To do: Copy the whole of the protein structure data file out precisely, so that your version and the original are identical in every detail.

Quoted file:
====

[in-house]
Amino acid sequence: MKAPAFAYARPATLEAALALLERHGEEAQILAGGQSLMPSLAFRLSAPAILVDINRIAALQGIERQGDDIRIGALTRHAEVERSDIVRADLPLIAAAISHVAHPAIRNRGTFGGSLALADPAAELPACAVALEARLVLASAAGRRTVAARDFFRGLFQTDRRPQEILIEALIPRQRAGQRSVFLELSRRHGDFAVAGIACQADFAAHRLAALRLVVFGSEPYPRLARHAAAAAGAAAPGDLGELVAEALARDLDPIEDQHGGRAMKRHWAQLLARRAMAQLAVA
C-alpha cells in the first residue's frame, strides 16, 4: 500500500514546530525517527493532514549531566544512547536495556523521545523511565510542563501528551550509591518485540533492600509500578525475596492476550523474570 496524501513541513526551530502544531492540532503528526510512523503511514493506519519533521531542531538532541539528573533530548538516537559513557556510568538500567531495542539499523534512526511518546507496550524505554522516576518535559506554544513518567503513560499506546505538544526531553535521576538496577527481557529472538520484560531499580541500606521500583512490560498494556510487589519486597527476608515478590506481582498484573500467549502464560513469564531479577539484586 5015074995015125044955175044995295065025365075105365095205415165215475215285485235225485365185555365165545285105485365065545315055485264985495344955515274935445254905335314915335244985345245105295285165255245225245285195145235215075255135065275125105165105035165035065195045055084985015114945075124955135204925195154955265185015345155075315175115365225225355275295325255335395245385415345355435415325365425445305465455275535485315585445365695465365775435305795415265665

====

[in-house]
Amino acid sequence: MKAPAFAYARPATLEAALALLERHGEEAQILAGGQSLMPSLAFRLSAPAILVDINRIAALQGIERQGDDIRIGALTRHAEVERSDIVRADLPLIAAAISHVAHPAIRNRGTFGGSLALADPAAELPACAVALEARLVLASAAGRRTVAARDFFRGLFQTDRRPQEILIEALIPRQRAGQRSVFLELSRRHGDFAVAGIACQADFAAHRLAALRLVVFGSEPYPRLARHAAAAAGAAAPGDLGELVAEALARDLDPIEDQHGGRAMKRHWAQLLARRAMAQLAVA
C-alpha cells in the first residue's frame, strides 16, 4: 500500500514546530525517527493532514549531566544512547536495556523521545523511565510542563501528551550509591518485540533492600509500578525475596492476550523474570 496524501513541513526551530502544531492540532503528526510512523503511514493506519519533521531542531538532541539528573533530548538516537559513557556510568538500567531495542539499523534512526511518546507496550524505554522516576518535559506554544513518567503513560499506546505538544526531553535521576538496577527481557529472538520484560531499580541500606521500583512490560498494556510487589519486597527476608515478590506481582498484573500467549502464560513469564531479577539484586 5015074995015125044955175044995295065025365075105365095205415165215475215285485235225485365185555365165545285105485365065545315055485264985495344955515274935445254905335314915335244985345245105295285165255245225245285195145235215075255135065275125105165105035165035065195045055084985015114945075124955135204925195154955265185015345155075315175115365225225355275295325255335395245385415345355435415325365425445305465455275535485315585445365695465365775435305795415265665